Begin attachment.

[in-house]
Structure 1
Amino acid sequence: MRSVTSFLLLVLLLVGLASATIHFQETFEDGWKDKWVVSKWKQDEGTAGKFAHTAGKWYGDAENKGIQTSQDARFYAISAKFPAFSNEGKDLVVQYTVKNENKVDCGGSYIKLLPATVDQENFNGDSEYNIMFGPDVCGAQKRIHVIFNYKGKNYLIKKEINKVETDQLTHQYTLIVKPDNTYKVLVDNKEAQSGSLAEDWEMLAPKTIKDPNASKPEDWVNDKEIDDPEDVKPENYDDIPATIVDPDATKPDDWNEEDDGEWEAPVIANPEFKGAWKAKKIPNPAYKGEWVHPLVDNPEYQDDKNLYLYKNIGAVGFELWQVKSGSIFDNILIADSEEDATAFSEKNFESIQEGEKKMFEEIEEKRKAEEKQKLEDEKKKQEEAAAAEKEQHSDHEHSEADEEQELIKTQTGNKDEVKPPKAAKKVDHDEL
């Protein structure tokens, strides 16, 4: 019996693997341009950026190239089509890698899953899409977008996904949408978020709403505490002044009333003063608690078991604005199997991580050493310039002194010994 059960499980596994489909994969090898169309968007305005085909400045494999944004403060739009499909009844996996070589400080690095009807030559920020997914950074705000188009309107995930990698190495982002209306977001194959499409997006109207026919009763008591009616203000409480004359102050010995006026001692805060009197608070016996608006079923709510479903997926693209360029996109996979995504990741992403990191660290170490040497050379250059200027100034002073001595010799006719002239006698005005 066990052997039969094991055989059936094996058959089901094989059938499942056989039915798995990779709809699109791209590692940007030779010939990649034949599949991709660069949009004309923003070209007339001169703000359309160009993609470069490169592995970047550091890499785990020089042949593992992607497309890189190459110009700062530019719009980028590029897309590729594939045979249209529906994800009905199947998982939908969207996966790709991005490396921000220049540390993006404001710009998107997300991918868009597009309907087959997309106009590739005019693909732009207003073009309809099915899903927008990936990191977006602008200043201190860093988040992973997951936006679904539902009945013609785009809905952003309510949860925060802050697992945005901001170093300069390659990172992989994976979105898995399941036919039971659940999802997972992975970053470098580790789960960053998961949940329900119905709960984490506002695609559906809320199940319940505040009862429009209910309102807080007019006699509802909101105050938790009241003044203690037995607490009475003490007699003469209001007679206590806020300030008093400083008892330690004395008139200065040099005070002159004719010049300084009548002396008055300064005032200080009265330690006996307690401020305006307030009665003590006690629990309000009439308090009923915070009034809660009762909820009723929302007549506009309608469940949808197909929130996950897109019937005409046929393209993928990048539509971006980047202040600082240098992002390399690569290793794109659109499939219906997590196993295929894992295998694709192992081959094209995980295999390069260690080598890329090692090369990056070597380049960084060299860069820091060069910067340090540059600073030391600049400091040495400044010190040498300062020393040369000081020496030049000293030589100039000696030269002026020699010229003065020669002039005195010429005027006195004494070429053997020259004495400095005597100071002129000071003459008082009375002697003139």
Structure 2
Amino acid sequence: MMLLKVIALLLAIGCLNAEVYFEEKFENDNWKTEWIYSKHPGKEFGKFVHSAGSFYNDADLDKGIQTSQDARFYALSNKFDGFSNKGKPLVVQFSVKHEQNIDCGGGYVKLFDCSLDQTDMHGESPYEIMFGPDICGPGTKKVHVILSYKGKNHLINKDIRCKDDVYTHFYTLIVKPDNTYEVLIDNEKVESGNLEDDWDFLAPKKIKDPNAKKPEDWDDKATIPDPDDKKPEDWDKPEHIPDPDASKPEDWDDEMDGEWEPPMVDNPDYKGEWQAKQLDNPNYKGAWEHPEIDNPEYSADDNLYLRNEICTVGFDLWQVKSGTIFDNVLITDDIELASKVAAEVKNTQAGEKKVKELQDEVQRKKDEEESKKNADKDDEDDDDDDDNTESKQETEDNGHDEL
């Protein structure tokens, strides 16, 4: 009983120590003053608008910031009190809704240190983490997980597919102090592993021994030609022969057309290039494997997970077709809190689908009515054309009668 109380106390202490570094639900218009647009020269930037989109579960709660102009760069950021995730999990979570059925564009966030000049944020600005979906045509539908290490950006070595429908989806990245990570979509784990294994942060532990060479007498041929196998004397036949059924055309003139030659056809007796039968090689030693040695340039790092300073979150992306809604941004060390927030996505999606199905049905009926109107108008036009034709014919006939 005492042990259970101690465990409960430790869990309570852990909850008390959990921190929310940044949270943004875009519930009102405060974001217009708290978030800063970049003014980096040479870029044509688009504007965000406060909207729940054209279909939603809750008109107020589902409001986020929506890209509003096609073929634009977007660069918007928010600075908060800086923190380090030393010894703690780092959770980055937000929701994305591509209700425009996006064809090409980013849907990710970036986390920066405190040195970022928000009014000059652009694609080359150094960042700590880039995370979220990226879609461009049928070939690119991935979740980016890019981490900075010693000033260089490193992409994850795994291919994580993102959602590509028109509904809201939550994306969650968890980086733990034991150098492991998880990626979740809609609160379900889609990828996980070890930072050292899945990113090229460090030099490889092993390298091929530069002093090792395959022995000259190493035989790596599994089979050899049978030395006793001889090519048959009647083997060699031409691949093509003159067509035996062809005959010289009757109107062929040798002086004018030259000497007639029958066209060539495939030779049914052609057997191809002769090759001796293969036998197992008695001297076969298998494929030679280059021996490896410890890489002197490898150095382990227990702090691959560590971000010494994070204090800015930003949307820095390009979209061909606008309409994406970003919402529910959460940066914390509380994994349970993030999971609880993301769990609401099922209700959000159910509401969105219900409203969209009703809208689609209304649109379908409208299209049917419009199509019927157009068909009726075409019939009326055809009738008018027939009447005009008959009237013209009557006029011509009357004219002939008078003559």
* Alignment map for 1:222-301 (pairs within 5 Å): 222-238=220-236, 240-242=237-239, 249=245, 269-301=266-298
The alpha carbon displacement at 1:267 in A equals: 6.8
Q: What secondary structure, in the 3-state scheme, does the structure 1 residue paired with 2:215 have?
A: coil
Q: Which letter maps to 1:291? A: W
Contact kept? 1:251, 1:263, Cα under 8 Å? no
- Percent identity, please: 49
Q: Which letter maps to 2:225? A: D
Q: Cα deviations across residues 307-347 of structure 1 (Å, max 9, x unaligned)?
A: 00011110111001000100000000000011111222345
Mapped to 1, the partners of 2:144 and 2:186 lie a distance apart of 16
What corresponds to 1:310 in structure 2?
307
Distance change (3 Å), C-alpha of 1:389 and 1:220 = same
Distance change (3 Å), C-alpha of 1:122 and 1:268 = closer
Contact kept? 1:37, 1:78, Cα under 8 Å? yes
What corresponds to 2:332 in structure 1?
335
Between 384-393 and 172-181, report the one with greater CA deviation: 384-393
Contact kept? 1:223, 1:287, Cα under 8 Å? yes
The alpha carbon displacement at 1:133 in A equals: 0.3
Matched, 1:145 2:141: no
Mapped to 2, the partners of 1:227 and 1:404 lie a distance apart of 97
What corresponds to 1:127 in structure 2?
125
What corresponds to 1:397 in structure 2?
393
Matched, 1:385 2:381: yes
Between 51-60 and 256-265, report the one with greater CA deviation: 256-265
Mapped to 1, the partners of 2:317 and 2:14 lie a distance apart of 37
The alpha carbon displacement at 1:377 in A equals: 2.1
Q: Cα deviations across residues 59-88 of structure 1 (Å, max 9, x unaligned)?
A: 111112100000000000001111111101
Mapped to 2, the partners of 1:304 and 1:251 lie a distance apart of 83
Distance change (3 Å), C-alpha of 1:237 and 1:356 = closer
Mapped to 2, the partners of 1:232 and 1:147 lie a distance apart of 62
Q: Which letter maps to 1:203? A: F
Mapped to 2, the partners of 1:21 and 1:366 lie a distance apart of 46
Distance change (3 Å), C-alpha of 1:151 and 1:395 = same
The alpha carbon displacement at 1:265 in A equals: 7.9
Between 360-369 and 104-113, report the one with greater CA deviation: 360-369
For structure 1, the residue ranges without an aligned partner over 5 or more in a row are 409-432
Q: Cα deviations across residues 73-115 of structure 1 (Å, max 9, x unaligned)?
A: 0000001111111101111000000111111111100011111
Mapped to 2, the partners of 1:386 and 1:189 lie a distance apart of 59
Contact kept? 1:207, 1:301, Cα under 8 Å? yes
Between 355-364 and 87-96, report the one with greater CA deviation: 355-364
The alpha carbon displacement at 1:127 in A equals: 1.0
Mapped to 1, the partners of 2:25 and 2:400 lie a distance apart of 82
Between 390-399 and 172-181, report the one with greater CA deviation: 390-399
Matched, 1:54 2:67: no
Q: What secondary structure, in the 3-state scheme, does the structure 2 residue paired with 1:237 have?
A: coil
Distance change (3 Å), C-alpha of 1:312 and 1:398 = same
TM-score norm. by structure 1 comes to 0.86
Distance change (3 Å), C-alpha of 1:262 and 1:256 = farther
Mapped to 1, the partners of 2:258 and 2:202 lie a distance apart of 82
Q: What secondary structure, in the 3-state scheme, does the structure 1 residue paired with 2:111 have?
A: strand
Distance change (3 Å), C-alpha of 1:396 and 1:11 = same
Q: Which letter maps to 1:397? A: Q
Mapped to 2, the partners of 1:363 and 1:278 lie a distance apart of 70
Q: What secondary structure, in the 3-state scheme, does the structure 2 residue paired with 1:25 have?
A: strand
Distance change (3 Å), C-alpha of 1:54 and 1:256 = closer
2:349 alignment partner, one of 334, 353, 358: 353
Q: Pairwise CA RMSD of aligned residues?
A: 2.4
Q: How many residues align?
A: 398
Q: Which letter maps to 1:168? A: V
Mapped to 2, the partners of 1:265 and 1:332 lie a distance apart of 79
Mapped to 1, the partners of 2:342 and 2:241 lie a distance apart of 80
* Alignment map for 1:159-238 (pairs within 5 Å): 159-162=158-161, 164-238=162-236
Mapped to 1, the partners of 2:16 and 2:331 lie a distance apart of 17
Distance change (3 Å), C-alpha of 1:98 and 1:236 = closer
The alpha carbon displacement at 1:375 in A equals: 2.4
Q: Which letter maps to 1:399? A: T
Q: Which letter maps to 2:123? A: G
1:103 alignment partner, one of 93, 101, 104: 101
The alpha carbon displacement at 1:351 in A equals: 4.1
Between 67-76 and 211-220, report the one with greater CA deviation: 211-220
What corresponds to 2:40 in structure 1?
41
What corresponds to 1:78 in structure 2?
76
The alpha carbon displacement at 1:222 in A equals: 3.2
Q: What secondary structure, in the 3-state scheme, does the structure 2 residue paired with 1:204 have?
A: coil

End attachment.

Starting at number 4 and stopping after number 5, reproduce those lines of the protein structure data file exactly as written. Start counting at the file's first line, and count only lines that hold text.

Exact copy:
């Protein structure tokens, strides 16, 4: 019996693997341009950026190239089509890698899953899409977008996904949408978020709403505490002044009333003063608690078991604005199997991580050493310039002194010994 059960499980596994489909994969090898169309968007305005085909400045494999944004403060739009499909009844996996070589400080690095009807030559920020997914950074705000188009309107995930990698190495982002209306977001194959499409997006109207026919009763008591009616203000409480004359102050010995006026001692805060009197608070016996608006079923709510479903997926693209360029996109996979995504990741992403990191660290170490040497050379250059200027100034002073001595010799006719002239006698005005 066990052997039969094991055989059936094996058959089901094989059938499942056989039915798995990779709809699109791209590692940007030779010939990649034949599949991709660069949009004309923003070209007339001169703000359309160009993609470069490169592995970047550091890499785990020089042949593992992607497309890189190459110009700062530019719009980028590029897309590729594939045979249209529906994800009905199947998982939908969207996966790709991005490396921000220049540390993006404001710009998107997300991918868009597009309907087959997309106009590739005019693909732009207003073009309809099915899903927008990936990191977006602008200043201190860093988040992973997951936006679904539902009945013609785009809905952003309510949860925060802050697992945005901001170093300069390659990172992989994976979105898995399941036919039971659940999802997972992975970053470098580790789960960053998961949940329900119905709960984490506002695609559906809320199940319940505040009862429009209910309102807080007019006699509802909101105050938790009241003044203690037995607490009475003490007699003469209001007679206590806020300030008093400083008892330690004395008139200065040099005070002159004719010049300084009548002396008055300064005032200080009265330690006996307690401020305006307030009665003590006690629990309000009439308090009923915070009034809660009762909820009723929302007549506009309608469940949808197909929130996950897109019937005409046929393209993928990048539509971006980047202040600082240098992002390399690569290793794109659109499939219906997590196993295929894992295998694709192992081959094209995980295999390069260690080598890329090692090369990056070597380049960084060299860069820091060069910067340090540059600073030391600049400091040495400044010190040498300062020393040369000081020496030049000293030589100039000696030269002026020699010229003065020669002039005195010429005027006195004494070429053997020259004495400095005597100071002129000071003459008082009375002697003139």
Structure 2